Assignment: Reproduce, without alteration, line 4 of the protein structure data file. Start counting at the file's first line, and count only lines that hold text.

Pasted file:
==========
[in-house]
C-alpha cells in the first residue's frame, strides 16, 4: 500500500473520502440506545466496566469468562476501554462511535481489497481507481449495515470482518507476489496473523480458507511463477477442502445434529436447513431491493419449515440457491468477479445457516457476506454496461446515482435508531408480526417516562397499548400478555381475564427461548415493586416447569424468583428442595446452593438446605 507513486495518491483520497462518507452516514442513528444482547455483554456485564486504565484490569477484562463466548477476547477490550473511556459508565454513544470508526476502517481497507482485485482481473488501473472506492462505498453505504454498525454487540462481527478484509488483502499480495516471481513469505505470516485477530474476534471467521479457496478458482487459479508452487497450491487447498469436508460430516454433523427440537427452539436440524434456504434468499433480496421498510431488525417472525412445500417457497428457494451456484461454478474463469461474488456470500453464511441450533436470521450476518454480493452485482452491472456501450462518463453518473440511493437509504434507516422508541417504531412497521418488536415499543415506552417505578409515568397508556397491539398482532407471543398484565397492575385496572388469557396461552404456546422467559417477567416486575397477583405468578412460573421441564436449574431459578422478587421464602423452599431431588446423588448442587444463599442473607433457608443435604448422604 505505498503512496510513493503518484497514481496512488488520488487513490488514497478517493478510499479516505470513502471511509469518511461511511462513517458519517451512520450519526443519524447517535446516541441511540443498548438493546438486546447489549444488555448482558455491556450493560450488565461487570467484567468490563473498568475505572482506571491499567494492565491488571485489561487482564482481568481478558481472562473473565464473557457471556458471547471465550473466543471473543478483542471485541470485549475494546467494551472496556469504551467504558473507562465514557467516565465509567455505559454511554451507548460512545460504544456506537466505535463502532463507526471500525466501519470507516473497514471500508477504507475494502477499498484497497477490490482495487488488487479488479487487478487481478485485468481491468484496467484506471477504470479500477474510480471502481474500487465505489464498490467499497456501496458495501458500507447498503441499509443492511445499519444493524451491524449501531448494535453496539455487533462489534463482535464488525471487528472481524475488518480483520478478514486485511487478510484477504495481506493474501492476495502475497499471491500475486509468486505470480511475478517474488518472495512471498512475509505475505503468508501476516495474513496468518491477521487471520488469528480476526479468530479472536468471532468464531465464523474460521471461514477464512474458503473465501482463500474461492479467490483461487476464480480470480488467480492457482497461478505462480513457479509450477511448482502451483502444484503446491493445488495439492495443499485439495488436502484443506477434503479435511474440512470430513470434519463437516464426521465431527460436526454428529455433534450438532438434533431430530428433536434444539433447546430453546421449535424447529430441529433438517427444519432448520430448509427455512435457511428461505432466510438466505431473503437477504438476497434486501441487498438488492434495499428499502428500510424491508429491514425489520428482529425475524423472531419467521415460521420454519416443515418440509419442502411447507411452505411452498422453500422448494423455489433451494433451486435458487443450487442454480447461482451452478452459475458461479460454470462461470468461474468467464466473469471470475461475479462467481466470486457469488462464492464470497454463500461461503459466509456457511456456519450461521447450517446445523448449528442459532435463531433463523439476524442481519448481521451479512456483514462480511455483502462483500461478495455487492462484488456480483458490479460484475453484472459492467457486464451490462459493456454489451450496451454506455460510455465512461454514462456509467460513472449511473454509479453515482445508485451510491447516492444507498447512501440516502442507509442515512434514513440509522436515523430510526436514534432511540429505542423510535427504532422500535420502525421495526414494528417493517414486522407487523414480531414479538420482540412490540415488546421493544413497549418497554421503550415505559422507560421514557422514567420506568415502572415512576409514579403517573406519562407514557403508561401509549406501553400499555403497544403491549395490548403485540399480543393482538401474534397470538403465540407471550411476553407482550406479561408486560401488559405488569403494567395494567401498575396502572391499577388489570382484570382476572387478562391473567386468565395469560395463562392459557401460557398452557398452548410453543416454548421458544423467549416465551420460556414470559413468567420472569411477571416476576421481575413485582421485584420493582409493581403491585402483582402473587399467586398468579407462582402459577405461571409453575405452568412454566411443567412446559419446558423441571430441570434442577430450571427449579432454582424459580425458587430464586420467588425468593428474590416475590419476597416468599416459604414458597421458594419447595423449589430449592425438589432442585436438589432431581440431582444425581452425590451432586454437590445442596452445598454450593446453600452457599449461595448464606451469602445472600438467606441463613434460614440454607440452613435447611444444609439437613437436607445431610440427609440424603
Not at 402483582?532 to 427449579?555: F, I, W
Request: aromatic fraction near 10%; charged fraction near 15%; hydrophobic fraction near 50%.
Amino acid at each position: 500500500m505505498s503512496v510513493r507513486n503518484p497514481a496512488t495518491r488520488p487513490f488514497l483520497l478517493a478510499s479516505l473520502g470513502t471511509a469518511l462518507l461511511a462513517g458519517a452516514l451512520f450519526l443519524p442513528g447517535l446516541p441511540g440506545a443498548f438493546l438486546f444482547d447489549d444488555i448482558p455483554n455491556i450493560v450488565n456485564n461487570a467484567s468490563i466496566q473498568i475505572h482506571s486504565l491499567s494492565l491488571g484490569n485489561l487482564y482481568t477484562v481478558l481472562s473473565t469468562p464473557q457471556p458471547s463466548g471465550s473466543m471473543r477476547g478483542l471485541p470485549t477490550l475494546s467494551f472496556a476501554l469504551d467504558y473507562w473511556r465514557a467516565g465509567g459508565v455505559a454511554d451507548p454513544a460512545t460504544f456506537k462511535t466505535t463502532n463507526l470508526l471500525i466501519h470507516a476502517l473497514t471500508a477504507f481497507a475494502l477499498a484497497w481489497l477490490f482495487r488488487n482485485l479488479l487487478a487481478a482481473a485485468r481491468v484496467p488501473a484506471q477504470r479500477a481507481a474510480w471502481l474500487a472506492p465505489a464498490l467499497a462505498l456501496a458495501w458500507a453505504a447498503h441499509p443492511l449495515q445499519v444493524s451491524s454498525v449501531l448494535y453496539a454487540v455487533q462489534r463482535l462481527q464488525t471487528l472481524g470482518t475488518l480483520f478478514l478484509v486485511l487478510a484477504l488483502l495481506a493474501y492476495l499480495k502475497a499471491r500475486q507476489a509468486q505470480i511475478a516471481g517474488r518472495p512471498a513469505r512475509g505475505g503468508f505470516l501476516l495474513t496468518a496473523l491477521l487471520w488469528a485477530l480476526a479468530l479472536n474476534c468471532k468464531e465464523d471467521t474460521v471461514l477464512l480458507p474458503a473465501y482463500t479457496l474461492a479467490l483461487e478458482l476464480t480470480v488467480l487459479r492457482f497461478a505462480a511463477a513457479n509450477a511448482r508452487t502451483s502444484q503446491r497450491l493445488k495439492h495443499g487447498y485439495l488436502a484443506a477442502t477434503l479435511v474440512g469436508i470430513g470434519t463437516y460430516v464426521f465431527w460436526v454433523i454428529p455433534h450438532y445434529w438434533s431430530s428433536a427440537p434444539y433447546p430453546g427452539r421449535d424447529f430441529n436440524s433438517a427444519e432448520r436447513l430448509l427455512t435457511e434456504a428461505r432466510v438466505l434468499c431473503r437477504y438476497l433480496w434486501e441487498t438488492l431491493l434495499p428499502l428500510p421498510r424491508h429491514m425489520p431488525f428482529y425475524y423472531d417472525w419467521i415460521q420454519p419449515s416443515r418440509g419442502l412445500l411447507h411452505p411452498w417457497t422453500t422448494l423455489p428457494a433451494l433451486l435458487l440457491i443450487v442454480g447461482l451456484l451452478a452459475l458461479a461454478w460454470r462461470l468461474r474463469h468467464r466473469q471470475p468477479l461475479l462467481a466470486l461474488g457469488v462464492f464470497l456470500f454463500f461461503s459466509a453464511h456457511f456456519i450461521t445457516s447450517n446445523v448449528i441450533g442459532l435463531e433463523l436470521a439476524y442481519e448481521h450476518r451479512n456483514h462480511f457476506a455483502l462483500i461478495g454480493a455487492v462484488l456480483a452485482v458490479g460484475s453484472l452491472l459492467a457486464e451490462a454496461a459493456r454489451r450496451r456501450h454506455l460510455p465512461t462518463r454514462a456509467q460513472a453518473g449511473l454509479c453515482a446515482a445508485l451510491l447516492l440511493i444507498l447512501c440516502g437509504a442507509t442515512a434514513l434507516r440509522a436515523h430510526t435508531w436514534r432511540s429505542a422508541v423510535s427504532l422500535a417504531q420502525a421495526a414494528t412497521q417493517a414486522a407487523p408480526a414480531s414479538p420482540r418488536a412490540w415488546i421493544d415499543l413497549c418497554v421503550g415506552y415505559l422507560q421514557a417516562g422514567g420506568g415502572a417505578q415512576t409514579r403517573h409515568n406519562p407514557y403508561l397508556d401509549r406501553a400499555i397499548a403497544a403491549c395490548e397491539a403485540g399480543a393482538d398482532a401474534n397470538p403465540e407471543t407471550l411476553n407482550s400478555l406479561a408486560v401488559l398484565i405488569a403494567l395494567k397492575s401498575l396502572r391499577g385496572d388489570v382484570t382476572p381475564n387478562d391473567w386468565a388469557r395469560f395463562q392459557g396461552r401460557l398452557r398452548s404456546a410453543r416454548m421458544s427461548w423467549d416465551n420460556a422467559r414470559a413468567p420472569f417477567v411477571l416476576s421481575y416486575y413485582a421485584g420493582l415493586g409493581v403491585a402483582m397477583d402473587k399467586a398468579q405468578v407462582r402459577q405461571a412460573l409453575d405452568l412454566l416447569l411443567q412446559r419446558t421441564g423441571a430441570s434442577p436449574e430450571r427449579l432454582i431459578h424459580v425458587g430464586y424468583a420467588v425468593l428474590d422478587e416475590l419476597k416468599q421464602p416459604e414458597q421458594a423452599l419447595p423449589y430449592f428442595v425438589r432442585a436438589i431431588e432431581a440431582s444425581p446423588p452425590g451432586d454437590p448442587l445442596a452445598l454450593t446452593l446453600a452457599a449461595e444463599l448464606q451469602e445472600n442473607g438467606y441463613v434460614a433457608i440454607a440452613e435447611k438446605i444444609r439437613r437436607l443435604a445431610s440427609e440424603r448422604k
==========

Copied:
Request: aromatic fraction near 10%; charged fraction near 15%; hydrophobic fraction near 50%.